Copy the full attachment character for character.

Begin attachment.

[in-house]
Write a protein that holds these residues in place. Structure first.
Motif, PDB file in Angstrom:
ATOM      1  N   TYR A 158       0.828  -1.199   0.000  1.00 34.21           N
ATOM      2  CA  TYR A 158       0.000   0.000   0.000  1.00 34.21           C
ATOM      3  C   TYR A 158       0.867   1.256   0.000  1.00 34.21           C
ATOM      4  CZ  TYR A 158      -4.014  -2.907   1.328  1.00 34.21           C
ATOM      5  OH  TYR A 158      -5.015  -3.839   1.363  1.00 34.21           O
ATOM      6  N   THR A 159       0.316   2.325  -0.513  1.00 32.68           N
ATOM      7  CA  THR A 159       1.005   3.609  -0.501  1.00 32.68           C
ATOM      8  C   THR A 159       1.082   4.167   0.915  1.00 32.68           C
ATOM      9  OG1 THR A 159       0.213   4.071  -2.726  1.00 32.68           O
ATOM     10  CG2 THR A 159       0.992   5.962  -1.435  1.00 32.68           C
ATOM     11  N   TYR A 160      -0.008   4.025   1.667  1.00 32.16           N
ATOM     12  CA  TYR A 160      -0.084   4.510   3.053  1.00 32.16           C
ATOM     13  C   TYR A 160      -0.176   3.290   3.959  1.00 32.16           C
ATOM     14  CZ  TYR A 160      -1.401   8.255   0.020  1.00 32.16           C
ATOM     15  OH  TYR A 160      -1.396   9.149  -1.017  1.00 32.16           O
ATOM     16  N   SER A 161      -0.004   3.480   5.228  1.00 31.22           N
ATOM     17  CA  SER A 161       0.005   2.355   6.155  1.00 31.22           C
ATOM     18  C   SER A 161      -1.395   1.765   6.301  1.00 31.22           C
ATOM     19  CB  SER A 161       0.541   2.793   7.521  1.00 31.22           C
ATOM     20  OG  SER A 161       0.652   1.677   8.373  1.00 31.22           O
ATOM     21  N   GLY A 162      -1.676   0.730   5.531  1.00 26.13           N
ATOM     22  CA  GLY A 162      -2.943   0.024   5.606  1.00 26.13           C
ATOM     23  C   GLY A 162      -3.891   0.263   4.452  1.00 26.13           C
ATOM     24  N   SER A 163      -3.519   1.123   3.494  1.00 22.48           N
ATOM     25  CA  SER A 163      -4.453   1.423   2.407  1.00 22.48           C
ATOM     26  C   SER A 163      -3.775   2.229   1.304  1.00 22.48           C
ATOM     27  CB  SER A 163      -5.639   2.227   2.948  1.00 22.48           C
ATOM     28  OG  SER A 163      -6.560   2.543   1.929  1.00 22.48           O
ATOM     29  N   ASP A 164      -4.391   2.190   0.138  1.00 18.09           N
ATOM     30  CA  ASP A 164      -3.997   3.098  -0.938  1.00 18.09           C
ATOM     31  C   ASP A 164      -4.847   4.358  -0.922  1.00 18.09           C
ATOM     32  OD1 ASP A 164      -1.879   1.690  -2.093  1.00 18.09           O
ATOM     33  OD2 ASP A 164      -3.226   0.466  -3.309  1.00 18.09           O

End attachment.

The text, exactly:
[in-house]
Write a protein that holds these residues in place. Structure first.
Motif, PDB file in Angstrom:
ATOM      1  N   TYR A 158       0.828  -1.199   0.000  1.00 34.21           N
ATOM      2  CA  TYR A 158       0.000   0.000   0.000  1.00 34.21           C
ATOM      3  C   TYR A 158       0.867   1.256   0.000  1.00 34.21           C
ATOM      4  CZ  TYR A 158      -4.014  -2.907   1.328  1.00 34.21           C
ATOM      5  OH  TYR A 158      -5.015  -3.839   1.363  1.00 34.21           O
ATOM      6  N   THR A 159       0.316   2.325  -0.513  1.00 32.68           N
ATOM      7  CA  THR A 159       1.005   3.609  -0.501  1.00 32.68           C
ATOM      8  C   THR A 159       1.082   4.167   0.915  1.00 32.68           C
ATOM      9  OG1 THR A 159       0.213   4.071  -2.726  1.00 32.68           O
ATOM     10  CG2 THR A 159       0.992   5.962  -1.435  1.00 32.68           C
ATOM     11  N   TYR A 160      -0.008   4.025   1.667  1.00 32.16           N
ATOM     12  CA  TYR A 160      -0.084   4.510   3.053  1.00 32.16           C
ATOM     13  C   TYR A 160      -0.176   3.290   3.959  1.00 32.16           C
ATOM     14  CZ  TYR A 160      -1.401   8.255   0.020  1.00 32.16           C
ATOM     15  OH  TYR A 160      -1.396   9.149  -1.017  1.00 32.16           O
ATOM     16  N   SER A 161      -0.004   3.480   5.228  1.00 31.22           N
ATOM     17  CA  SER A 161       0.005   2.355   6.155  1.00 31.22           C
ATOM     18  C   SER A 161      -1.395   1.765   6.301  1.00 31.22           C
ATOM     19  CB  SER A 161       0.541   2.793   7.521  1.00 31.22           C
ATOM     20  OG  SER A 161       0.652   1.677   8.373  1.00 31.22           O
ATOM     21  N   GLY A 162      -1.676   0.730   5.531  1.00 26.13           N
ATOM     22  CA  GLY A 162      -2.943   0.024   5.606  1.00 26.13           C
ATOM     23  C   GLY A 162      -3.891   0.263   4.452  1.00 26.13           C
ATOM     24  N   SER A 163      -3.519   1.123   3.494  1.00 22.48           N
ATOM     25  CA  SER A 163      -4.453   1.423   2.407  1.00 22.48           C
ATOM     26  C   SER A 163      -3.775   2.229   1.304  1.00 22.48           C
ATOM     27  CB  SER A 163      -5.639   2.227   2.948  1.00 22.48           C
ATOM     28  OG  SER A 163      -6.560   2.543   1.929  1.00 22.48           O
ATOM     29  N   ASP A 164      -4.391   2.190   0.138  1.00 18.09           N
ATOM     30  CA  ASP A 164      -3.997   3.098  -0.938  1.00 18.09           C
ATOM     31  C   ASP A 164      -4.847   4.358  -0.922  1.00 18.09           C
ATOM     32  OD1 ASP A 164      -1.879   1.690  -2.093  1.00 18.09           O
ATOM     33  OD2 ASP A 164      -3.226   0.466  -3.309  1.00 18.09           O